"This investment will help Canadian farmers stay on the cutting edge of clean technology by targeting developments in bioproducts and precision agriculture. Our government has made both agriculture and clean technology a priority for growth in our economy. This new program will contribute to Canada's place as a world leader in agricultural clean technology, helping farmers to develop new and efficient uses of energy, while also protecting our environmental resources and mitigating climate change," said Minister MacAulay.

The Agricultural Clean Technology Program is part of the Government of Canada's suite of clean technology programs and initiatives announced in Budget 2017.

The program will launch on April 1, 2018, and a program guide will be available in the coming weeks.
Published in News
While on a recent farm visit, a poultry producer said something that really resonated with me. We were talking about lighting and he referred to the use of incandescent bulbs as “the good old days.”
Published in New Technology
Archer's Poultry Farm Ltd.
Sector - Layer, hatchery
Location - Trenton, Ont.
Published in Companies
As it marks its 75th year in business, family-owned and operated Sargent Farms is investing $10 million to enhance and retrofit its halal chicken processing facility in Milton.

The upgrade project, scheduled to begin this spring, will ensure the third-generation business will continue to deliver the highest quality, fresh products to a growing base of loyal customers in the retail, food service and restaurant sectors for decades to come.

“Milton has been an important part of our history and our home base for three quarters of a century,” says Bob Sargent, Vice President of Sargent Farms. “We’re committed to making the investments needed to continue growing our operation, provide our customers the best possible products and help make our community a great place to live and work.”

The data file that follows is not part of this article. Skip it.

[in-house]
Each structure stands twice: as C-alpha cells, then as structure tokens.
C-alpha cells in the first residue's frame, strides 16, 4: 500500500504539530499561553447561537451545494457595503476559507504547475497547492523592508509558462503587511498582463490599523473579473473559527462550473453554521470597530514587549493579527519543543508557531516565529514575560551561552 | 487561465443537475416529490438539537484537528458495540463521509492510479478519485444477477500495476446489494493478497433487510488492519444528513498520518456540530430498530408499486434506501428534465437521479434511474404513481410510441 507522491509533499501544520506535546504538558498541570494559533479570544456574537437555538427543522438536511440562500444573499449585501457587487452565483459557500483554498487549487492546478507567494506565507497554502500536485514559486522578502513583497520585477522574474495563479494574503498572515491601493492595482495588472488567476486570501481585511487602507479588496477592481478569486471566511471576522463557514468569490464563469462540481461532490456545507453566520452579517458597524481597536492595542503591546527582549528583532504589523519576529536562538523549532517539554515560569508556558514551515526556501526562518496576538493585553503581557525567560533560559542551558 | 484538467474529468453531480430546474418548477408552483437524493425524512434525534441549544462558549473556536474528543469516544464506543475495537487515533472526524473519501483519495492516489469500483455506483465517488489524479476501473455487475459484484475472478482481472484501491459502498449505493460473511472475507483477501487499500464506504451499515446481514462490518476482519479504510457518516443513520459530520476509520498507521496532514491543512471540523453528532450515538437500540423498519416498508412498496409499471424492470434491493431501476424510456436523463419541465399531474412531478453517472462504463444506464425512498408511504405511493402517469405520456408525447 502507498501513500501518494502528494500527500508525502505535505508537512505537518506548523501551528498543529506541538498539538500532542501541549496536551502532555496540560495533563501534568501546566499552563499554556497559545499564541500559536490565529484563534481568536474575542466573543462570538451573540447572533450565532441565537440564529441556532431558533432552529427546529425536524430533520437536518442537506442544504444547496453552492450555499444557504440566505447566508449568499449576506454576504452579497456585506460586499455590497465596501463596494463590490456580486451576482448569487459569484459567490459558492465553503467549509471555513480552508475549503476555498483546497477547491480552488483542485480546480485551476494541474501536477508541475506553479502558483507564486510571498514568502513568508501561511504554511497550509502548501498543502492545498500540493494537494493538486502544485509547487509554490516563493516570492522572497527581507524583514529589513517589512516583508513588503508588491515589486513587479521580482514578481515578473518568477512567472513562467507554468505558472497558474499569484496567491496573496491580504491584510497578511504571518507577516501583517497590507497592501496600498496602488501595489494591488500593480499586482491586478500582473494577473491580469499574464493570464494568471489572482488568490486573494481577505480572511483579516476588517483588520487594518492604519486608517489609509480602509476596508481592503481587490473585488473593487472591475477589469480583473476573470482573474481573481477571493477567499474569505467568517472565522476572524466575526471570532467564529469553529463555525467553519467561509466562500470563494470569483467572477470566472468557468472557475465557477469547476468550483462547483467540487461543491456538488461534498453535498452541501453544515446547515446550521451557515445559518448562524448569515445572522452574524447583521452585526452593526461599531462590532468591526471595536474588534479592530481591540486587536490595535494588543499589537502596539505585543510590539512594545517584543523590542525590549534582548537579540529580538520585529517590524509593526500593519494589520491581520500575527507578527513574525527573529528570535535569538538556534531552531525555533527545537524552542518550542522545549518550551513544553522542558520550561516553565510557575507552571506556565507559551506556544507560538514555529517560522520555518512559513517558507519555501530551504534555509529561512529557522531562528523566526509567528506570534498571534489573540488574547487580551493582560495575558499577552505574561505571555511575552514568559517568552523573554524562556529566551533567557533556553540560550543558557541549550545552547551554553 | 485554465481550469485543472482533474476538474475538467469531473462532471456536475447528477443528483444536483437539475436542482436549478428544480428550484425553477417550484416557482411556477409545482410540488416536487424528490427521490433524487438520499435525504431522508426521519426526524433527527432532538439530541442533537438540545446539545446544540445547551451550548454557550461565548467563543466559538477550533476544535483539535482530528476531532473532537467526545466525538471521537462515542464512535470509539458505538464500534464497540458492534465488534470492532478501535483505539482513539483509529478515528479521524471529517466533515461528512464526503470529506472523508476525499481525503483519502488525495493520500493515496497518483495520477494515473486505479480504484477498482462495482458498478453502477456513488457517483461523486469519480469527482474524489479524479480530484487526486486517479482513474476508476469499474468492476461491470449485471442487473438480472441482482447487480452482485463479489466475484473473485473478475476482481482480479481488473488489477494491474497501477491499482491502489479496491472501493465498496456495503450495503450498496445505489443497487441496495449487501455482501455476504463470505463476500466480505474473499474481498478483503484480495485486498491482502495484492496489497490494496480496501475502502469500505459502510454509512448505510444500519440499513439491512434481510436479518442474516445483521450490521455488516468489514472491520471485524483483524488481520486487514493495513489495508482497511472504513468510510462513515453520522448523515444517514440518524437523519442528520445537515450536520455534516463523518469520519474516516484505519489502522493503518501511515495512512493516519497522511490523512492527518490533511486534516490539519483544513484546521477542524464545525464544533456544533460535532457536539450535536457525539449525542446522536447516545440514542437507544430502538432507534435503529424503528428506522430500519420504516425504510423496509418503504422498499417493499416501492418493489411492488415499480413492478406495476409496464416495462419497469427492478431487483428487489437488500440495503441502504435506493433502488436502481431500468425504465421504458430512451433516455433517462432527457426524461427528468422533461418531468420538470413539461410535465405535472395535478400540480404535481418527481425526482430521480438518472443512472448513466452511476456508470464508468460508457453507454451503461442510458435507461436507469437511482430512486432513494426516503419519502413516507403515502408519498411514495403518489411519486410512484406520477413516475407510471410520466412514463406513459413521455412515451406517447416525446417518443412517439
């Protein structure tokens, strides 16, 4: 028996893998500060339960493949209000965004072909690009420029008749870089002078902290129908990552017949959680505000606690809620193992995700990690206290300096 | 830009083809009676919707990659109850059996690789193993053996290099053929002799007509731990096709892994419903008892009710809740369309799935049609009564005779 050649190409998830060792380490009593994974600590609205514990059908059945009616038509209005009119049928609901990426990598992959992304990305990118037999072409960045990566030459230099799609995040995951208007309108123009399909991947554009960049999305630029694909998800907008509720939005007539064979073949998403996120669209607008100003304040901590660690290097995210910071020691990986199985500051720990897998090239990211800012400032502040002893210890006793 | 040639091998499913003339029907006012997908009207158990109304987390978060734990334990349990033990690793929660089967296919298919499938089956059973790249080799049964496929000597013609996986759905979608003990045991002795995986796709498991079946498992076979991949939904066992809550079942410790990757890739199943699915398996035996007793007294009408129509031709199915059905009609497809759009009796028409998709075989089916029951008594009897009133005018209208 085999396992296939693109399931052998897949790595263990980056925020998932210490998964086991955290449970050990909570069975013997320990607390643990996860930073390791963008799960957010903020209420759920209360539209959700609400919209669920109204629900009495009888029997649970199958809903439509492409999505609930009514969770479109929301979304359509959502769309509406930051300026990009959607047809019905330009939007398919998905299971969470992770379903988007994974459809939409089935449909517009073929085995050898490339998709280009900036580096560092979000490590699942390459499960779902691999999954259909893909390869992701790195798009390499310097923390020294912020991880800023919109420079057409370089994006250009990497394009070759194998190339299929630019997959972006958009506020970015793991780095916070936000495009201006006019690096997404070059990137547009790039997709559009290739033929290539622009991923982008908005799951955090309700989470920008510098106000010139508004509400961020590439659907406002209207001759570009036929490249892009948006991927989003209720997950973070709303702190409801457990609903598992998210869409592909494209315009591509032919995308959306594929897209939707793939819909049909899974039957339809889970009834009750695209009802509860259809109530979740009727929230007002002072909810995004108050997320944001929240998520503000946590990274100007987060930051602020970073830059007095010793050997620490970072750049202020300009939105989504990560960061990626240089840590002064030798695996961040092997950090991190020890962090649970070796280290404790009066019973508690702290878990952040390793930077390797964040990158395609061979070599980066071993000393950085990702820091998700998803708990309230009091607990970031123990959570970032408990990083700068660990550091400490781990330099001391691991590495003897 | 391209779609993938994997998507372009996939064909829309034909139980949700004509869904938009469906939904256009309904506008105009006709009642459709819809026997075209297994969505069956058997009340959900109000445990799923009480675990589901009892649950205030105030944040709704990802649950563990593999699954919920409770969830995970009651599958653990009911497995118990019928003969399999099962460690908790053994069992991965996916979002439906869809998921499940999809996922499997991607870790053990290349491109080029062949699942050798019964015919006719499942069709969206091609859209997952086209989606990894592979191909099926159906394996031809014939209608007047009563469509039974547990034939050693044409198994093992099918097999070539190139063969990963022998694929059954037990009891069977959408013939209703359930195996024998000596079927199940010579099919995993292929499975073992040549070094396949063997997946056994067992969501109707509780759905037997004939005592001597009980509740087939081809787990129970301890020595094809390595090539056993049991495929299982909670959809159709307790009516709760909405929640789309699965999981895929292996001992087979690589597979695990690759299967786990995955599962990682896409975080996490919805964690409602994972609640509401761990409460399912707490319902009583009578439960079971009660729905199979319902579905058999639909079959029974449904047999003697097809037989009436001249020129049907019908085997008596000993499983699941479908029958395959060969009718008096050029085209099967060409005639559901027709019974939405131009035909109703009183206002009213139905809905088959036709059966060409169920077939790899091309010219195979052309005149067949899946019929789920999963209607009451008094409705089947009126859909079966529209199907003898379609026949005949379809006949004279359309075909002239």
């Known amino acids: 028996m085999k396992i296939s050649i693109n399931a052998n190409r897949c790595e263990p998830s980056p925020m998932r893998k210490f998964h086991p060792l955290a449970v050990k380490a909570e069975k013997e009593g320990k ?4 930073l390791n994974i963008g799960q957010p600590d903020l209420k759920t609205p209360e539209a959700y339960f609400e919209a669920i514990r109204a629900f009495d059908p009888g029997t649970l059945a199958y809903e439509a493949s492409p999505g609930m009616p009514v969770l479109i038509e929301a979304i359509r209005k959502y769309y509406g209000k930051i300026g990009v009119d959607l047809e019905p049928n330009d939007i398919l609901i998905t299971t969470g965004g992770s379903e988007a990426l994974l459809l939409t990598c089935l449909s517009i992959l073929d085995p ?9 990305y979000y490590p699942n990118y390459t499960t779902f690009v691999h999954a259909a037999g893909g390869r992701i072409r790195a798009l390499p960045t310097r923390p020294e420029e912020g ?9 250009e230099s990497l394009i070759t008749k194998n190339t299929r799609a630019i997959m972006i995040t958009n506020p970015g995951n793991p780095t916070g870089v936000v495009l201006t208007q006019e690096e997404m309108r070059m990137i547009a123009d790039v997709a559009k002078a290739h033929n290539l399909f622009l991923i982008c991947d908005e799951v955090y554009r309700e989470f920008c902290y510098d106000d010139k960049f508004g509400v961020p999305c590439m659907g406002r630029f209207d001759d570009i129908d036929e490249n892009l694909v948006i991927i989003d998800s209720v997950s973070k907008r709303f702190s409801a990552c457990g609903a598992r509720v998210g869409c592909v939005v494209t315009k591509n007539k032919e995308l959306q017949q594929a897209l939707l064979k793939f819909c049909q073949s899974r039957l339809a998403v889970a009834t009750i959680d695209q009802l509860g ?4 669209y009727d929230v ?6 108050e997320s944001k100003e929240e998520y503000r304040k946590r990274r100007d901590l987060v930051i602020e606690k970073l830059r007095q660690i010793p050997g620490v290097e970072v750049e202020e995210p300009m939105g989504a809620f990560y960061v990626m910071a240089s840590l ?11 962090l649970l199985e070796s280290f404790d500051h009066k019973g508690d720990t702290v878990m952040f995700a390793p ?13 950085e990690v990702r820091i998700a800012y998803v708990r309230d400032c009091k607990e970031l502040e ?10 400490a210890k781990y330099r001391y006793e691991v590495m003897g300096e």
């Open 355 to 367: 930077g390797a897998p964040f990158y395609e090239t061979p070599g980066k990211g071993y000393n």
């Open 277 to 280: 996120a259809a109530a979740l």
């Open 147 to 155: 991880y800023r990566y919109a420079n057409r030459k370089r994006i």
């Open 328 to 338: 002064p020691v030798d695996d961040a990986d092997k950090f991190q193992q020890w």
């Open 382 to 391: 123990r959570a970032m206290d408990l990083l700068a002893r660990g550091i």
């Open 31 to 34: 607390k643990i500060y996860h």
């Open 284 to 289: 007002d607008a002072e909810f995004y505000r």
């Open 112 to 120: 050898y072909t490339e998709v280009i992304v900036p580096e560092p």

The footprint of Sargent Farms’ processing plant in Milton’s downtown core will remain the same, but all processing equipment inside the facility will be replaced with the latest, state-of-the-art technology. The retrofit will be carried out in stages over three years, primarily during off hours, allowing the plant to continue operating throughout the project.

Sargent Farms, which produces 100% Halal chicken processed by hand, has experienced significant growth over the past decade, driven in part by two retail stores it recently opened in Milton and Mississauga.

The new processing equipment will increase the plant’s efficiency, allowing it to satisfy growing consumer demand by processing more chicken in a shorter amount of time. Greater efficiency will also contribute to the processing plant’s overall profitability, increasing stability for its workforce of almost 300 employees.

Among other benefits, the project will help Sargent Farms continue to enhance its animal care standards and diversify its line of top-quality, local chicken products.

This latest upgrade for the Milton plant follows an investment of approximately $4 million in 2014.

“It’s important to us to continue to build on our long-standing reputation as a progressive and innovative processor. The investments we’ve made in recent years and will continue to make in this project will help us make good on that commitment,” says Kevin Thompson, CEO of Sargent Farms.

In addition to its Milton headquarters and processing operation, Sargent Farms also operates a further processing facility in Mississauga.
Published in News
Ontario is supporting farmers and agri-food businesses to improve their energy efficiency, save money and fight climate change through two new programs from the Green Ontario Fund, a non-profit provincial agency funded by proceeds from the province's cap on pollution and carbon market.

Chris Ballard, Minister of the Environment and Climate Change, was recently joined by Parminder Sandhu, Green Ontario Fund board chair and interim CEO, and Dr. Helena Jaczek, MPP for Oak Ridges-Markham, to announce the launch of the GreenON Agriculture and GreenON Food Manufacturing programs.